If you go out to the golden circle or thingvellir or any of the remarkable things that make iceland unique, you may end up spending much more on a tour bus that only lets you spend an hour at the site. I'd just stick to the city if you don't get a car, and plan on taking the bus out to Blue Lagoon.
posted by cakebatter at 9:39 AM on July 13, 2012


Here's a data point:

On a trip to Iceland some years ago, we did the tour bus thing a couple times (golden circle was nice), and one day decided to rent a car and do some adventuring of our own. So off we went in our rented land rover, driving up this awesome glacier we found. Interestingly enough this was the same day we almost fell into a giant crevasse, on said glacier.

YMMV, but be careful out there.
posted by weaponsgradecarp at 9:41 AM on July 13, 2012 [2 favorites]


Seconding that there is a big difference in quality between different tour operators. I did a day trip with Reykjavik Excursions and basically all it was was a bus ride from one Golden Circle location to the next (including a geothermal power plant, where we watched a powerpoint presentation about geothermal power). No real added value, plus the people on that bus were whiny! But it was probably the cheapest way for two people to do the Golden Circle.

On my second trip to Iceland I took a tour with Goecco, with a really knowledgeable guide who took us off the beaten path and showed us things we would not have found driving around on our own. Completely different experience (and correspondingly much more expensive).
posted by mskyle at 10:35 AM on July 13, 2012 [1 favorite]


If you decide to rent, be aware that the Sixt shop is 15 minutes away from the airport.
posted by dhoe at 10:39 AM on July 13, 2012


If you are only there for two days and have 5 people, renting a car will be cheaper than taking a shuttle to and from the airport.

I used Iceland Car Rental as it was cheap and flexible. Iceland Car Rental met us at the airport at 5am and then 3 days later just picked up our car off of the street in Reykjavik. I had rented with Hertz in the past but had to wait for their rental desk to open and had to return the car to their terminal at the smaller airport in Reykjavik.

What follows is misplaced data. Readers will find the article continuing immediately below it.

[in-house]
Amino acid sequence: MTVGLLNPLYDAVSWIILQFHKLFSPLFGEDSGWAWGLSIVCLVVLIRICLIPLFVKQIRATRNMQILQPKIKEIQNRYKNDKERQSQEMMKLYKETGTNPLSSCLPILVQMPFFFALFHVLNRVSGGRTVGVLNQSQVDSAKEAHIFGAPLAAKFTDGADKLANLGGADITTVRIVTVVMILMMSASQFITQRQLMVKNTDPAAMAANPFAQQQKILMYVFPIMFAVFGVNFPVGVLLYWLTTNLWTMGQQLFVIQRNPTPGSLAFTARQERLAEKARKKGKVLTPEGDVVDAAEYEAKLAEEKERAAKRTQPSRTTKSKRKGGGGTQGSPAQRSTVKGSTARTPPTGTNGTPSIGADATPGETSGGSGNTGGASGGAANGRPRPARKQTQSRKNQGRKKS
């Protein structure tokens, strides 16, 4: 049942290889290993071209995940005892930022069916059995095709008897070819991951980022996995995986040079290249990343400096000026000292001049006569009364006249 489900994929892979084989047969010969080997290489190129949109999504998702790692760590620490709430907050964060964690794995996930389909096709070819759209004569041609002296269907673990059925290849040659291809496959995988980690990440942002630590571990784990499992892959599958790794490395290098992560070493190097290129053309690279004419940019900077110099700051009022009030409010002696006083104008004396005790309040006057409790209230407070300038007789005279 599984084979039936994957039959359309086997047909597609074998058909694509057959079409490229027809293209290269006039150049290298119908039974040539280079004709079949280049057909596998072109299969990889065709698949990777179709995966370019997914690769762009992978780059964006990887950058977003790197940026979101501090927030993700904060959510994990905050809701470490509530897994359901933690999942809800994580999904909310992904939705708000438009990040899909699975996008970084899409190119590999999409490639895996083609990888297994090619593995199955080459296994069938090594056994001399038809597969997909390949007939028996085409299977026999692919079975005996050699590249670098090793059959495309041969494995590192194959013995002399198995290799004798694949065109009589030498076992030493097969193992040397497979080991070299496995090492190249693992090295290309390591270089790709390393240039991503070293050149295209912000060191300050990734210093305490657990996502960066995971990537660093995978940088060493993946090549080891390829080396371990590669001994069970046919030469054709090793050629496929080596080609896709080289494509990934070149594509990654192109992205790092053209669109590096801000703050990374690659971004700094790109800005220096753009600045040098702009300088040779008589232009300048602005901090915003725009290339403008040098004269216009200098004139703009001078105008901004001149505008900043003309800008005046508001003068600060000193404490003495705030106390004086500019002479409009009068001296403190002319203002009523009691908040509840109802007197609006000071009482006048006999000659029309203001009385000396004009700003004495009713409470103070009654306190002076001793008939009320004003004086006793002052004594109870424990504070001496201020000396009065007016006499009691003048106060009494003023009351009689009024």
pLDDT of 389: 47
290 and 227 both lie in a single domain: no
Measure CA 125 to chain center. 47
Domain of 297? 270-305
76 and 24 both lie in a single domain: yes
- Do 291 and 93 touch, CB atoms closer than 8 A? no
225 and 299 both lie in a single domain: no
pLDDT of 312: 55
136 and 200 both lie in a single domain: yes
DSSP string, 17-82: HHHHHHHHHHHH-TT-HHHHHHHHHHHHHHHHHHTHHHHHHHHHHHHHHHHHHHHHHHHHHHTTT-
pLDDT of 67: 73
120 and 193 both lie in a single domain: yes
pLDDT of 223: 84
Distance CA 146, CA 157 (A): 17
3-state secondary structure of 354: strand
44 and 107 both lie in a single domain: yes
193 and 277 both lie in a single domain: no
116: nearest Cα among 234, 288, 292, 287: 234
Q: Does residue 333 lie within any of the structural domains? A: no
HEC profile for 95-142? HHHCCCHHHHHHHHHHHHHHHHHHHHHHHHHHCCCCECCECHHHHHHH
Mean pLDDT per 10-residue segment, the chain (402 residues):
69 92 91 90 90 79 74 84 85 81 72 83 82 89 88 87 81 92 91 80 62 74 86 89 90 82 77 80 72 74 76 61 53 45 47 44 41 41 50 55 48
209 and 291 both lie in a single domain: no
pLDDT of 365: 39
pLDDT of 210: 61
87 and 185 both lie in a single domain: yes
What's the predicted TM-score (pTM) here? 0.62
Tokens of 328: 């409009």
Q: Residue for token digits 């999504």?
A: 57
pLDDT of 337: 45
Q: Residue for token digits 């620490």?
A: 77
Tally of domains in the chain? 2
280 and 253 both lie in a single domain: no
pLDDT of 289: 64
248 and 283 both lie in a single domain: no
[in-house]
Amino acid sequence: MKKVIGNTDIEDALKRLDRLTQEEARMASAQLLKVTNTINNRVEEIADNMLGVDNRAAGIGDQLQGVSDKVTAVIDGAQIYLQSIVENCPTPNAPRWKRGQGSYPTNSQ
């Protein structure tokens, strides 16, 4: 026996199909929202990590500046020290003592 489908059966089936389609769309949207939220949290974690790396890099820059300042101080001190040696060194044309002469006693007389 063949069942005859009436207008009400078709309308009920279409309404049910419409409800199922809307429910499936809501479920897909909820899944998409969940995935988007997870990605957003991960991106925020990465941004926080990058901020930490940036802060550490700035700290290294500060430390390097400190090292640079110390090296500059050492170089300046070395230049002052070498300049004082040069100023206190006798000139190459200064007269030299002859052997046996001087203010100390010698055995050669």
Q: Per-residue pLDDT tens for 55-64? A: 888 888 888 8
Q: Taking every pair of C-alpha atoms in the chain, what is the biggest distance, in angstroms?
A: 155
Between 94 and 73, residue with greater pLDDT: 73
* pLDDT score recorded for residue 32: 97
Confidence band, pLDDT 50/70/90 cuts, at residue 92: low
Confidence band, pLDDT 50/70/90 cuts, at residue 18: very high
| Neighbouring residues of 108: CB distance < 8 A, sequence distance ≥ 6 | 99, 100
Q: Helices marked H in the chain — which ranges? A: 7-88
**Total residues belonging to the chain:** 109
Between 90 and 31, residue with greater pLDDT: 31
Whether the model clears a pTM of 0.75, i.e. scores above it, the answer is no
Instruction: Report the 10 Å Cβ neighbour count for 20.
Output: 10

The first time I went there, I was stressed out about parking, since it's all metered along Laugavegur in the city center. But if you go a few blocks up the hill, near Hallgrimm's Church, there's a lot of unmetered street parking, especially at the apartment blocks on the side opposite the city center.

With only two days you can see a lot of varied countryside if you want, and a lot of it can be seen without being surrounded by other tourists.

From Keflavik airport, with a car, you can immediately drive up the 45 through Gardur to the 402. The tip of the peninsula is beautiful, and there are two enormous lighthouses. There are lots of very old churches along the way.

The loop down to Grindavik on the 425 and then back up on the 43 is pretty nice too. Hafnir is on the way down the 425 and you can stop to walk to a bridge that crosses the European and North American tectonic plates.

North of Reykjavik, take Hwy 1, then take a right on 47 instead of going through the tunnel under Hvalfjordur. This is a beautiful fjord to drive up. About 5-10 (maybe more?) miles down that road, there's a new national park on the right that has some great hiking through actual trees!

At the very end of the fjord there's a road that leads to a trail that leads you to Iceland's highest waterfall. Wear hiking boots! There is now a nice map there that tells you how far it is. Sometimes the footbridge near the end is impassable so you might not actually get to see the waterfall. But on a clear day you can at least see a massive mountain inland.

Loop back around the top of the fjord on 47 until it hits Hwy 1 again, and either take the AWESOME tunnel back underneath the fjord, and back to Reykjavik, or go north to Borgarnes. There's a Saga Museum there that was cool, and the town itself was fun to walk around.
posted by MonsieurBon at 11:46 AM on July 13, 2012 [2 favorites]


Thanks everyone - Really appreciate the feedback.
posted by crapples at 10:48 AM on July 14, 2012


Renting a car is by far the best way to get around Iceland. I am usually a train and bus guy when I go traveling, but in Iceland having your own car is much more convenient. I used Geysir when I went last year and it wasn't too expensive. They are located a short walk away from the airport in Reykjavik and they delivered the car to my hotel.
posted by pravit at 1:08 PM on July 14, 2012